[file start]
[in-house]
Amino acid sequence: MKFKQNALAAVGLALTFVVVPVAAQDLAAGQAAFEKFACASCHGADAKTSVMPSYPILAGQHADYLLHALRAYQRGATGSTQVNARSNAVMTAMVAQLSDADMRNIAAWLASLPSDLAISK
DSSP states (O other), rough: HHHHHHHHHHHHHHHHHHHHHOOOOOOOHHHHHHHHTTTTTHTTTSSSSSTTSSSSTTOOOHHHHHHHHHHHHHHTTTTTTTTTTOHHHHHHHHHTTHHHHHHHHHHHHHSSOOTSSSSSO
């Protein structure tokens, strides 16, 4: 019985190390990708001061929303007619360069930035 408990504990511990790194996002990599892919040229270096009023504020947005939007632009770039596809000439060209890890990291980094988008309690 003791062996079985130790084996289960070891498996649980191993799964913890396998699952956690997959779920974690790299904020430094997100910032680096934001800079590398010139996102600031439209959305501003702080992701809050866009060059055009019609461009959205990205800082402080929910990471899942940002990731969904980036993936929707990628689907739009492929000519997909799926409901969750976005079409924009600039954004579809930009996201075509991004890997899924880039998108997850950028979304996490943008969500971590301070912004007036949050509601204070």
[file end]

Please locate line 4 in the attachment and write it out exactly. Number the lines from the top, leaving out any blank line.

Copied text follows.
């Protein structure tokens, strides 16, 4: 019985190390990708001061929303007619360069930035 408990504990511990790194996002990599892919040229270096009023504020947005939007632009770039596809000439060209890890990291980094988008309690 003791062996079985130790084996289960070891498996649980191993799964913890396998699952956690997959779920974690790299904020430094997100910032680096934001800079590398010139996102600031439209959305501003702080992701809050866009060059055009019609461009959205990205800082402080929910990471899942940002990731969904980036993936929707990628689907739009492929000519997909799926409901969750976005079409924009600039954004579809930009996201075509991004890997899924880039998108997850950028979304996490943008969500971590301070912004007036949050509601204070």